Not again! US men’s team gone after another messy relay
Aug 4, 2021, 8:30 AM | Updated: 11:10 pm
TOKYO (AP) — The first time U.S. sprinter Ronnie Baker tried to grab the baton, he found himself holding a handful of Fred Kerley’s jersey. The second time, Baker whiffed. By the third try, Kerley was side-by-side with Baker, practically using both hands to shovel the stick into his teammate’s palm.
The names might change, but the results for the American Olympic 4×100-meter relay team remain every bit as brutal.
The exchange between Kerley and Baker wrecked the Americans in qualifying Thursday, leading to a sixth-place finish that left them out of the final and extended a quarter-century of misery for the country that brings the deepest track team to the Games.
“We just didn’t get the job done today. That’s all,” said Kerley, who ran the second leg.
Outrage spread quickly, as it always does when this happens.
“The USA team did everything wrong in the men’s relay,” sprinting great Carl Lewis wrote on Twitter. “The passing system is wrong, athletes running the wrong legs, and it was clear that there was no leadership. It was a total embarrassment, and completely unacceptable for a USA team to look worse than the AAU kids I saw.”
The U.S. men won’t win a medal they used to count on in what is turning out to be a rough Olympic track meet. (Shot putter Ryan Crouser’s gold at around the same time as the relay debacle was the first win for the men over the 7-day-old meet.) But what used to be a conversation about the deepest track team in the world simply giving away a medal really can’t be viewed in that light anymore.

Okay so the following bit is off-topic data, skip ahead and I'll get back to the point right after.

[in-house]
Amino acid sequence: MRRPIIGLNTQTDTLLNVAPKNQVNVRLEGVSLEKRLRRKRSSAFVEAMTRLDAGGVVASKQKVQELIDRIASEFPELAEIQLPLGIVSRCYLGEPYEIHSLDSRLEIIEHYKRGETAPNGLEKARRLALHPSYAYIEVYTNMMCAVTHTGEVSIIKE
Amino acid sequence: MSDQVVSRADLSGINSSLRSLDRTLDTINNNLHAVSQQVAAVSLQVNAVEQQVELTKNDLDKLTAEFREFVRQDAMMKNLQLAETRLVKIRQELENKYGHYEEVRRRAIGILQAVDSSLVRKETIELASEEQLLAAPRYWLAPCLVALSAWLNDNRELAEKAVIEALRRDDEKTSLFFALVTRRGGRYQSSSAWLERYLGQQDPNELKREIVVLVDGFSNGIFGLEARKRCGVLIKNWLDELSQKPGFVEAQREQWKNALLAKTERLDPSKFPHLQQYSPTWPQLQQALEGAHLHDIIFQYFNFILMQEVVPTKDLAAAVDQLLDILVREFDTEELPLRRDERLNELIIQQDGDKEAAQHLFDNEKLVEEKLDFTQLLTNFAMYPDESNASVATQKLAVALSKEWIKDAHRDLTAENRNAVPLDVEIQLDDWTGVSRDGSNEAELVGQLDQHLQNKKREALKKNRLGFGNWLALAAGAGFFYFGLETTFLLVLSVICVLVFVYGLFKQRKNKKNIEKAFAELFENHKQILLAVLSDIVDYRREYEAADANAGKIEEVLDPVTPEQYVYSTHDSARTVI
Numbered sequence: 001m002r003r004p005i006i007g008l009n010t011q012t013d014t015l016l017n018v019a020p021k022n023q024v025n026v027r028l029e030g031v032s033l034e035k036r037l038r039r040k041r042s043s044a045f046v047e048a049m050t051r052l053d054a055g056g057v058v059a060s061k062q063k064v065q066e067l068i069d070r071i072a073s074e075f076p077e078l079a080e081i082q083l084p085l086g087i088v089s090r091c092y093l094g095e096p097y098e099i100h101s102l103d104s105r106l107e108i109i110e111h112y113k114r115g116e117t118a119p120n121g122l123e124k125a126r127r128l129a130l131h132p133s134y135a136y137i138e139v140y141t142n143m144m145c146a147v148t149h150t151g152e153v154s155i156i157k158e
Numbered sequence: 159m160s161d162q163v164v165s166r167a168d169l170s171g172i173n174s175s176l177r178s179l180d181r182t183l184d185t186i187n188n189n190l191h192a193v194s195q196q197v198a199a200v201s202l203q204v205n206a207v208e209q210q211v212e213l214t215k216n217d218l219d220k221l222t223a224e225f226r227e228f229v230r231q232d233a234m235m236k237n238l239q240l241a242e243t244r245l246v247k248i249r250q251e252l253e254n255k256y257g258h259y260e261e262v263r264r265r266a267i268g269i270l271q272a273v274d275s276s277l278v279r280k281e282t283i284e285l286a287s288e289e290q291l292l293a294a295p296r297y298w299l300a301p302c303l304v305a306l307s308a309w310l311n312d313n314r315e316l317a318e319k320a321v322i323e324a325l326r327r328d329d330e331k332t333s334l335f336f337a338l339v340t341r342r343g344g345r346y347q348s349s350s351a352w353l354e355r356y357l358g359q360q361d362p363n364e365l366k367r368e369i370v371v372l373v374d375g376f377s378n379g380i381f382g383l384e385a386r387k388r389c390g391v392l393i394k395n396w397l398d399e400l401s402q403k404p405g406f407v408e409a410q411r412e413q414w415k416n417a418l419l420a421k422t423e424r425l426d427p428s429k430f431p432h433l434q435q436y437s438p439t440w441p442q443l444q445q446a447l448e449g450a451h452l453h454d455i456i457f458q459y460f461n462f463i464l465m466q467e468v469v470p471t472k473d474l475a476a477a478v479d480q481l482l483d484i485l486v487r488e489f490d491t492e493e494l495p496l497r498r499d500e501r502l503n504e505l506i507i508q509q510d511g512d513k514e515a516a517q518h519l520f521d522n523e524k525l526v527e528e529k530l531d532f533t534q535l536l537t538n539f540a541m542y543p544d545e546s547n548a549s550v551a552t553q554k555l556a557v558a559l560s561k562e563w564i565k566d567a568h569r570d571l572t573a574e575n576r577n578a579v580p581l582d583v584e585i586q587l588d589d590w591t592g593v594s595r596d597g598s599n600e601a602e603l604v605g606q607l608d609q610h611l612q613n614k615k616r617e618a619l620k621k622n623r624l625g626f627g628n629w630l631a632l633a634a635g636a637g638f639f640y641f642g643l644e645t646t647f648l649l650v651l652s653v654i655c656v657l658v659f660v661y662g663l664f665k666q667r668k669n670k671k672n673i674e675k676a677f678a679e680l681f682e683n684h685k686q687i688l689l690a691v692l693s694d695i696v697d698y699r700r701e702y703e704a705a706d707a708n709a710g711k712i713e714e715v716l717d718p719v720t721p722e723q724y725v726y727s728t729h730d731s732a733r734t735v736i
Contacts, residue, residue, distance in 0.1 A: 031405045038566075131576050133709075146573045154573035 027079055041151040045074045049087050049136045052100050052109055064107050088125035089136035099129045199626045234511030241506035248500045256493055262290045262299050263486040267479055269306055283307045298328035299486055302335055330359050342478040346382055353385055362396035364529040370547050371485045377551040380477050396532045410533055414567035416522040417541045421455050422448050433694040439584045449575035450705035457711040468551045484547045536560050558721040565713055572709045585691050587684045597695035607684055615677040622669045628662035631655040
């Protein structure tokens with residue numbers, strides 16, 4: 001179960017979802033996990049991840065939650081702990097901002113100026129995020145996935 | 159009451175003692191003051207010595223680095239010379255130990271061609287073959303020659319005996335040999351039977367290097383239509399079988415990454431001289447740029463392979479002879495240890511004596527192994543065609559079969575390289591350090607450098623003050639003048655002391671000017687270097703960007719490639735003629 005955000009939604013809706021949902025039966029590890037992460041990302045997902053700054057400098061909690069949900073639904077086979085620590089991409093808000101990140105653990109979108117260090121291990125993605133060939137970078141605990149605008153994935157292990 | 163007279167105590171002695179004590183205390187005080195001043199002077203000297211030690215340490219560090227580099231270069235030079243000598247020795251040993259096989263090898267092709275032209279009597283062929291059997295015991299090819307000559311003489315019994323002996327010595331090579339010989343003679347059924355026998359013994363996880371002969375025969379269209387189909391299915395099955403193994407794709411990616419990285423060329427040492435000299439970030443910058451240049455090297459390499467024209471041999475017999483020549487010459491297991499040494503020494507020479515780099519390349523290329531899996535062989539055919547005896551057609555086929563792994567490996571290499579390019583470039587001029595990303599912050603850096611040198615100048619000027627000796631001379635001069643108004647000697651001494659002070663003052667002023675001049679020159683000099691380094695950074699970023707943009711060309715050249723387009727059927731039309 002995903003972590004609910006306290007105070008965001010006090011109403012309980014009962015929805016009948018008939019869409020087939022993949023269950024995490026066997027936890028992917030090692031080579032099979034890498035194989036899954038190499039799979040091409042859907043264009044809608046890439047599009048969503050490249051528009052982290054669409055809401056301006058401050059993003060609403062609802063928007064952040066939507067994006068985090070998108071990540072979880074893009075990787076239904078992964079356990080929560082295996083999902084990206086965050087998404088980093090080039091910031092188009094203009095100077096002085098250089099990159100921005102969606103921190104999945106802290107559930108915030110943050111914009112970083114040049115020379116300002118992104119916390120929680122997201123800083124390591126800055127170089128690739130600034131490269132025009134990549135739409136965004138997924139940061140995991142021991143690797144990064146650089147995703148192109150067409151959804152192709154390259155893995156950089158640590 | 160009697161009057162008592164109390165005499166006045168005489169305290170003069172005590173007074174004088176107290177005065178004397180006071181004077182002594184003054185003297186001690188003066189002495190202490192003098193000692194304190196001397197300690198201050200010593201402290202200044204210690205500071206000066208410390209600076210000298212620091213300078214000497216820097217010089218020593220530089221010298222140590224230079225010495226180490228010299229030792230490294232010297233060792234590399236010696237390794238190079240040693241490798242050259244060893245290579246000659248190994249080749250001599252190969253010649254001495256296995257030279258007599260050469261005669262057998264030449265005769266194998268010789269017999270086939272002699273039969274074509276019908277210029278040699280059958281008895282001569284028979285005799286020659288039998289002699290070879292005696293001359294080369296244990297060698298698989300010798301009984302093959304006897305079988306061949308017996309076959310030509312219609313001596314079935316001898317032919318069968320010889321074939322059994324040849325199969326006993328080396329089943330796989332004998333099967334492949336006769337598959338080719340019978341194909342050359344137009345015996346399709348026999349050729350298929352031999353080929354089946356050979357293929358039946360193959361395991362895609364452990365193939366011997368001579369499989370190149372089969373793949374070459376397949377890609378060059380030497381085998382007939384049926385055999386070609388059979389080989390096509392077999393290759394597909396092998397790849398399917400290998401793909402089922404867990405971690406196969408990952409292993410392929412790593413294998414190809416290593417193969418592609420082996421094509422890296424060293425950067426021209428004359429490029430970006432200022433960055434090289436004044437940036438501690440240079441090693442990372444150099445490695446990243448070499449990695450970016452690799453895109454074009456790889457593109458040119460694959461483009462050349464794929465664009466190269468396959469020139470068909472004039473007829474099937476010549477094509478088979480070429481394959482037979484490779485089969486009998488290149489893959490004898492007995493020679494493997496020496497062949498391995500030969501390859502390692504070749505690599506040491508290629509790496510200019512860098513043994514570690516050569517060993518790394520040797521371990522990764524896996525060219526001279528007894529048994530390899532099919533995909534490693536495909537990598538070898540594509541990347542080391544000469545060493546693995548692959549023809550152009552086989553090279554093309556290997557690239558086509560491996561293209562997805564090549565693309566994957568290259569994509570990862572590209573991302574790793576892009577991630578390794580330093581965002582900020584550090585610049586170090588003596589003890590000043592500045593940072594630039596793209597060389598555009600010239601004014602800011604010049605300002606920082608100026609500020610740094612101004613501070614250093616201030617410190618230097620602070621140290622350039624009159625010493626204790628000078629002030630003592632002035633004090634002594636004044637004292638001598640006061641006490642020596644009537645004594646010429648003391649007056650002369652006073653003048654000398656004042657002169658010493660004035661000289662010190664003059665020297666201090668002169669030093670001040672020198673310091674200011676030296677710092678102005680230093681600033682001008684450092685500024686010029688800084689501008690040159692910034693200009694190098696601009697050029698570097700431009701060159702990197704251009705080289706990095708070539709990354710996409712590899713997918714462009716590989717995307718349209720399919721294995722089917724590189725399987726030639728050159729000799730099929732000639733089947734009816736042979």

The U.S. men haven’t won the 4×100 at the Olympics since 2000 and haven’t made it cleanly to the finish line in a final since taking a silver medal in 2012. But they gave that one back because of a doping ban against Tyson Gay.
This marked the first time the U.S. has failed to make the final since 2008, when Gay was involved in a bumbled exchange. The U.S. made the final in 2016, but got DQ’d for another bad pass in the medal race.
“Trying to time that up perfectly with a couple of practices is a little difficult, but it is what it is,” Baker said.
Indeed, the team has not practiced much, but that’s no different from any other country. All have had their training time restricted because of the coronavirus pandemic, both in Tokyo and in the year leading up to it.
This didn’t seem to impact China, Canada or Italy, who finished 1-2-3 in a qualifying heat that most teams use more as practice than a hard run.
It also didn’t impact the U.S. women, a team headlined by Teahna Daniels and Javianne Oliver, who also ran in the individual sprints and estimated they got about five practices in with their teammates.
“When me and ‘J’ were doing the 100, I know the rest of the ladies were really getting it done with handoffs and things,” Daniels said. “We trusted what they were doing and we just kind of gelled into each other for this.”
The men did not gel. They often don’t.
This marks the 10th time since 1995 they have given away a relay at a world championships or Olympics, either due to a disqualification, a dropped baton, a doping violation, or a faulty exchange, the likes of which led to the latest result.
They had reason to think things were changing.
Usain Bolt once suggested the Americans “tend to panic,” especially knowing what might be required to beat him and his Jamaican teammates to the line.
But with Bolt out of the mix, and with Christian Coleman and Noah Lyles in the lineup, the United States romped to a victory at the world championships in Qatar in 2019. The win was triggered by a team meeting Coleman called after a shaky run through qualifying. They got on the same page, and after the final, Lyles screamed “We broke the curse! We broke the curse!”
But Coleman isn’t at the Tokyo Olympics because of a ban involving missed doping tests.
And Lyles won a bronze in the 200 on Wednesday night, so he had the morning off.
Now, he’s got the rest of the week off, too.
“I’m honestly kind of mad, not at these guys, they did what they could do,” Trayvon Bromell, who ran the opening leg, told NBC after the race. “I did what I can do. I can really just speak for myself in a sense. Like I said, these guys did their job, I did what I could do. On the first leg, it just — it’s really some BS for real, to be honest with you.”
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